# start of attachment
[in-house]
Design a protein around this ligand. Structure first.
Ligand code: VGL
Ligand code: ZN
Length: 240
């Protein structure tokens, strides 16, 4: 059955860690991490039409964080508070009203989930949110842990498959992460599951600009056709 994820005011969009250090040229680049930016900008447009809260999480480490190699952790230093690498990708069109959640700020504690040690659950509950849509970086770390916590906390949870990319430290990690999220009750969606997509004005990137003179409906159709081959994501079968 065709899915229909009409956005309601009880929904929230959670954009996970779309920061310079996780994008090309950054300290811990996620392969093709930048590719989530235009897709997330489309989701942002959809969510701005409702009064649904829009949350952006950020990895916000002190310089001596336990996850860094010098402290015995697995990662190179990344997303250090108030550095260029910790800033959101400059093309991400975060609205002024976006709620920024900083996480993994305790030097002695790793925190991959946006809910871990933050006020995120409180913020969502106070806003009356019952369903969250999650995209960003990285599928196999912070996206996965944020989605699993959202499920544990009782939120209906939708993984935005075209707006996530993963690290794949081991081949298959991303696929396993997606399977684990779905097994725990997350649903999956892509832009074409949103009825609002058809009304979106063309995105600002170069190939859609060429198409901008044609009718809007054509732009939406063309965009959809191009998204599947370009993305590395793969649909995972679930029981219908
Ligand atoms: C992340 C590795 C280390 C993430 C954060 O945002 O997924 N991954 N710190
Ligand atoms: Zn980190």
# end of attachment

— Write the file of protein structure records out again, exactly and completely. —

[in-house]
Design a protein around this ligand. Structure first.
Ligand code: VGL
Ligand code: ZN
Length: 240
């Protein structure tokens, strides 16, 4: 059955860690991490039409964080508070009203989930949110842990498959992460599951600009056709 994820005011969009250090040229680049930016900008447009809260999480480490190699952790230093690498990708069109959640700020504690040690659950509950849509970086770390916590906390949870990319430290990690999220009750969606997509004005990137003179409906159709081959994501079968 065709899915229909009409956005309601009880929904929230959670954009996970779309920061310079996780994008090309950054300290811990996620392969093709930048590719989530235009897709997330489309989701942002959809969510701005409702009064649904829009949350952006950020990895916000002190310089001596336990996850860094010098402290015995697995990662190179990344997303250090108030550095260029910790800033959101400059093309991400975060609205002024976006709620920024900083996480993994305790030097002695790793925190991959946006809910871990933050006020995120409180913020969502106070806003009356019952369903969250999650995209960003990285599928196999912070996206996965944020989605699993959202499920544990009782939120209906939708993984935005075209707006996530993963690290794949081991081949298959991303696929396993997606399977684990779905097994725990997350649903999956892509832009074409949103009825609002058809009304979106063309995105600002170069190939859609060429198409901008044609009718809007054509732009939406063309965009959809191009998204599947370009993305590395793969649909995972679930029981219908
Ligand atoms: C992340 C590795 C280390 C993430 C954060 O945002 O997924 N991954 N710190
Ligand atoms: Zn980190």